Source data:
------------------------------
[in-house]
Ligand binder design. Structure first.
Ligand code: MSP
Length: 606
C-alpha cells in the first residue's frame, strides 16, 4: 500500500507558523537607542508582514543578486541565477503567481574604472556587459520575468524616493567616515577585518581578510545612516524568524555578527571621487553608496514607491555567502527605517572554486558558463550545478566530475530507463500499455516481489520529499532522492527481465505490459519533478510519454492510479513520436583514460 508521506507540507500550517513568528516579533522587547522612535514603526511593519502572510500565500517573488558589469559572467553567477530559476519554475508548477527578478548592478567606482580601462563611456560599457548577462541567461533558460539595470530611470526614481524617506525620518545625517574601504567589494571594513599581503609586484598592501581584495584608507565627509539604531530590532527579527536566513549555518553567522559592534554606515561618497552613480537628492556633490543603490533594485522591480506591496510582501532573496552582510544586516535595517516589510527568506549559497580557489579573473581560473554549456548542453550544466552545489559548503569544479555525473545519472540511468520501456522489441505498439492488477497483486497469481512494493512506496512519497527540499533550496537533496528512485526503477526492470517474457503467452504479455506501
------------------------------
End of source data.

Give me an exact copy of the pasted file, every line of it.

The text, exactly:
[in-house]
Ligand binder design. Structure first.
Ligand code: MSP
Length: 606
C-alpha cells in the first residue's frame, strides 16, 4: 500500500507558523537607542508582514543578486541565477503567481574604472556587459520575468524616493567616515577585518581578510545612516524568524555578527571621487553608496514607491555567502527605517572554486558558463550545478566530475530507463500499455516481489520529499532522492527481465505490459519533478510519454492510479513520436583514460 508521506507540507500550517513568528516579533522587547522612535514603526511593519502572510500565500517573488558589469559572467553567477530559476519554475508548477527578478548592478567606482580601462563611456560599457548577462541567461533558460539595470530611470526614481524617506525620518545625517574601504567589494571594513599581503609586484598592501581584495584608507565627509539604531530590532527579527536566513549555518553567522559592534554606515561618497552613480537628492556633490543603490533594485522591480506591496510582501532573496552582510544586516535595517516589510527568506549559497580557489579573473581560473554549456548542453550544466552545489559548503569544479555525473545519472540511468520501456522489441505498439492488477497483486497469481512494493512506496512519497527540499533550496537533496528512485526503477526492470517474457503467452504479455506501